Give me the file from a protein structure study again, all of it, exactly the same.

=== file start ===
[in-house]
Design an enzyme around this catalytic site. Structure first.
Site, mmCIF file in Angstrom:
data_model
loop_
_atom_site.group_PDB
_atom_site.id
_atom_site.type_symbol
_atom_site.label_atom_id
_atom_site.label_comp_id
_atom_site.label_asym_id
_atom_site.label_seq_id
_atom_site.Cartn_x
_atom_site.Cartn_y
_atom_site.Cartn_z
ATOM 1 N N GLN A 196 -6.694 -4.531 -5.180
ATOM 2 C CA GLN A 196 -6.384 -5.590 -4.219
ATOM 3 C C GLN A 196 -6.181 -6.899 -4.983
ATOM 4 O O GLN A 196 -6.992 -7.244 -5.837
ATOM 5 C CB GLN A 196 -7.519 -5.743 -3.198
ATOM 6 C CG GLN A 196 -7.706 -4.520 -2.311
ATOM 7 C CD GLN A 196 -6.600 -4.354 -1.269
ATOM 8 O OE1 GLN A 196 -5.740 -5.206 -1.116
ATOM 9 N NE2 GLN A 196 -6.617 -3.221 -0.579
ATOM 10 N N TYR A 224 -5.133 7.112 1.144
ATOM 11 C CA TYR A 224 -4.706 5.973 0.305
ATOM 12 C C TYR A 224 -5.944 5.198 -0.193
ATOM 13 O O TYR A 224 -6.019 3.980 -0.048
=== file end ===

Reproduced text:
[in-house]
Design an enzyme around this catalytic site. Structure first.
Site, mmCIF file in Angstrom:
data_model
loop_
_atom_site.group_PDB
_atom_site.id
_atom_site.type_symbol
_atom_site.label_atom_id
_atom_site.label_comp_id
_atom_site.label_asym_id
_atom_site.label_seq_id
_atom_site.Cartn_x
_atom_site.Cartn_y
_atom_site.Cartn_z
ATOM 1 N N GLN A 196 -6.694 -4.531 -5.180
ATOM 2 C CA GLN A 196 -6.384 -5.590 -4.219
ATOM 3 C C GLN A 196 -6.181 -6.899 -4.983
ATOM 4 O O GLN A 196 -6.992 -7.244 -5.837
ATOM 5 C CB GLN A 196 -7.519 -5.743 -3.198
ATOM 6 C CG GLN A 196 -7.706 -4.520 -2.311
ATOM 7 C CD GLN A 196 -6.600 -4.354 -1.269
ATOM 8 O OE1 GLN A 196 -5.740 -5.206 -1.116
ATOM 9 N NE2 GLN A 196 -6.617 -3.221 -0.579
ATOM 10 N N TYR A 224 -5.133 7.112 1.144
ATOM 11 C CA TYR A 224 -4.706 5.973 0.305
ATOM 12 C C TYR A 224 -5.944 5.198 -0.193
ATOM 13 O O TYR A 224 -6.019 3.980 -0.048